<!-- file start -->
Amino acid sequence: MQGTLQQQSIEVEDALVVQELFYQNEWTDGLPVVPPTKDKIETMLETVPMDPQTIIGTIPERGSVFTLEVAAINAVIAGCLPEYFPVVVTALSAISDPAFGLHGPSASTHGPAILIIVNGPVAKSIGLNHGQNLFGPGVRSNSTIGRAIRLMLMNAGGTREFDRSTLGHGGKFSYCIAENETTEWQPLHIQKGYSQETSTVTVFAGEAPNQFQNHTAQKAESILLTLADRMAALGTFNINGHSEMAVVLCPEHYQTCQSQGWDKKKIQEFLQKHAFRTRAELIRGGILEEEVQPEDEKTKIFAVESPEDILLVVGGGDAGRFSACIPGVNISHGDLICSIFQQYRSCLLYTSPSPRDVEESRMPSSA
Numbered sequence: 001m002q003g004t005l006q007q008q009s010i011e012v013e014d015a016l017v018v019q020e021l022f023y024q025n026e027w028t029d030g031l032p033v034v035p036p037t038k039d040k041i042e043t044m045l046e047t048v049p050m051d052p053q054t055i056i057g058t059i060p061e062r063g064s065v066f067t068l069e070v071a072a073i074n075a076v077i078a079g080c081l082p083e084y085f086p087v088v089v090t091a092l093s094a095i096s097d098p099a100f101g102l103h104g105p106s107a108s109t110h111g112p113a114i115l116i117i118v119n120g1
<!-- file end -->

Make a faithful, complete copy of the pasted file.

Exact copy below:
Amino acid sequence: MQGTLQQQSIEVEDALVVQELFYQNEWTDGLPVVPPTKDKIETMLETVPMDPQTIIGTIPERGSVFTLEVAAINAVIAGCLPEYFPVVVTALSAISDPAFGLHGPSASTHGPAILIIVNGPVAKSIGLNHGQNLFGPGVRSNSTIGRAIRLMLMNAGGTREFDRSTLGHGGKFSYCIAENETTEWQPLHIQKGYSQETSTVTVFAGEAPNQFQNHTAQKAESILLTLADRMAALGTFNINGHSEMAVVLCPEHYQTCQSQGWDKKKIQEFLQKHAFRTRAELIRGGILEEEVQPEDEKTKIFAVESPEDILLVVGGGDAGRFSACIPGVNISHGDLICSIFQQYRSCLLYTSPSPRDVEESRMPSSA
Numbered sequence: 001m002q003g004t005l006q007q008q009s010i011e012v013e014d015a016l017v018v019q020e021l022f023y024q025n026e027w028t029d030g031l032p033v034v035p036p037t038k039d040k041i042e043t044m045l046e047t048v049p050m051d052p053q054t055i056i057g058t059i060p061e062r063g064s065v066f067t068l069e070v071a072a073i074n075a076v077i078a079g080c081l082p083e084y085f086p087v088v089v090t091a092l093s094a095i096s097d098p099a100f101g102l103h104g105p106s107a108s109t110h111g112p113a114i115l116i117i118v119n120g1